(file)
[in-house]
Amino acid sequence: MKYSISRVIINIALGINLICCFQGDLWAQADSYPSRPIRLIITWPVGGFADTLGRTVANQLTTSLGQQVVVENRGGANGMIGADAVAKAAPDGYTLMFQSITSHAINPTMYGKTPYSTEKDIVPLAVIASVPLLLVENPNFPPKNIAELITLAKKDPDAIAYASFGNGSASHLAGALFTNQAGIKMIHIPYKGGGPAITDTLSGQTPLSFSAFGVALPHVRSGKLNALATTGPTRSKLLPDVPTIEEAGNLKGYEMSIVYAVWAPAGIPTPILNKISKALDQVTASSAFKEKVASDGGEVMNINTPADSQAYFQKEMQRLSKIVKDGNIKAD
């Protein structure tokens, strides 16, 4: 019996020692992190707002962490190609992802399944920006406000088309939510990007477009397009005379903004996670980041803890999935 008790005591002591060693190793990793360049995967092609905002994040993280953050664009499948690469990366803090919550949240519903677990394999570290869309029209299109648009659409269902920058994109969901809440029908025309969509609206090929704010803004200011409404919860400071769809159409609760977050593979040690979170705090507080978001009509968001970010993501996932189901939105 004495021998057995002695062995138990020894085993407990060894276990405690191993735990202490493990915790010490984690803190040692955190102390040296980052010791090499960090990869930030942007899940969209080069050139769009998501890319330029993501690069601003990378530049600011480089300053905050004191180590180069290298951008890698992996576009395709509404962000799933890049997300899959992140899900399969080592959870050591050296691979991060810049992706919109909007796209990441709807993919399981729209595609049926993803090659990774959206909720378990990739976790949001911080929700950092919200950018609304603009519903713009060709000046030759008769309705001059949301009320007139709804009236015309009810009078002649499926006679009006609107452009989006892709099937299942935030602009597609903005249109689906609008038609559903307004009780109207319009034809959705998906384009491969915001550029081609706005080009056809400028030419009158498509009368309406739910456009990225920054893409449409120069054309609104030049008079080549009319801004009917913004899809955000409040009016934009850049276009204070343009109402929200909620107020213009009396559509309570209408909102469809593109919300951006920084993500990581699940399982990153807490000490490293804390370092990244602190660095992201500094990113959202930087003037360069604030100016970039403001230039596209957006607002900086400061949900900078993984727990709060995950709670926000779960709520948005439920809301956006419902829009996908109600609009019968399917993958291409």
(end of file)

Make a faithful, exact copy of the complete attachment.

[in-house]
Amino acid sequence: MKYSISRVIINIALGINLICCFQGDLWAQADSYPSRPIRLIITWPVGGFADTLGRTVANQLTTSLGQQVVVENRGGANGMIGADAVAKAAPDGYTLMFQSITSHAINPTMYGKTPYSTEKDIVPLAVIASVPLLLVENPNFPPKNIAELITLAKKDPDAIAYASFGNGSASHLAGALFTNQAGIKMIHIPYKGGGPAITDTLSGQTPLSFSAFGVALPHVRSGKLNALATTGPTRSKLLPDVPTIEEAGNLKGYEMSIVYAVWAPAGIPTPILNKISKALDQVTASSAFKEKVASDGGEVMNINTPADSQAYFQKEMQRLSKIVKDGNIKAD
């Protein structure tokens, strides 16, 4: 019996020692992190707002962490190609992802399944920006406000088309939510990007477009397009005379903004996670980041803890999935 008790005591002591060693190793990793360049995967092609905002994040993280953050664009499948690469990366803090919550949240519903677990394999570290869309029209299109648009659409269902920058994109969901809440029908025309969509609206090929704010803004200011409404919860400071769809159409609760977050593979040690979170705090507080978001009509968001970010993501996932189901939105 004495021998057995002695062995138990020894085993407990060894276990405690191993735990202490493990915790010490984690803190040692955190102390040296980052010791090499960090990869930030942007899940969209080069050139769009998501890319330029993501690069601003990378530049600011480089300053905050004191180590180069290298951008890698992996576009395709509404962000799933890049997300899959992140899900399969080592959870050591050296691979991060810049992706919109909007796209990441709807993919399981729209595609049926993803090659990774959206909720378990990739976790949001911080929700950092919200950018609304603009519903713009060709000046030759008769309705001059949301009320007139709804009236015309009810009078002649499926006679009006609107452009989006892709099937299942935030602009597609903005249109689906609008038609559903307004009780109207319009034809959705998906384009491969915001550029081609706005080009056809400028030419009158498509009368309406739910456009990225920054893409449409120069054309609104030049008079080549009319801004009917913004899809955000409040009016934009850049276009204070343009109402929200909620107020213009009396559509309570209408909102469809593109919300951006920084993500990581699940399982990153807490000490490293804390370092990244602190660095992201500094990113959202930087003037360069604030100016970039403001230039596209957006607002900086400061949900900078993984727990709060995950709670926000779960709520948005439920809301956006419902829009996908109600609009019968399917993958291409």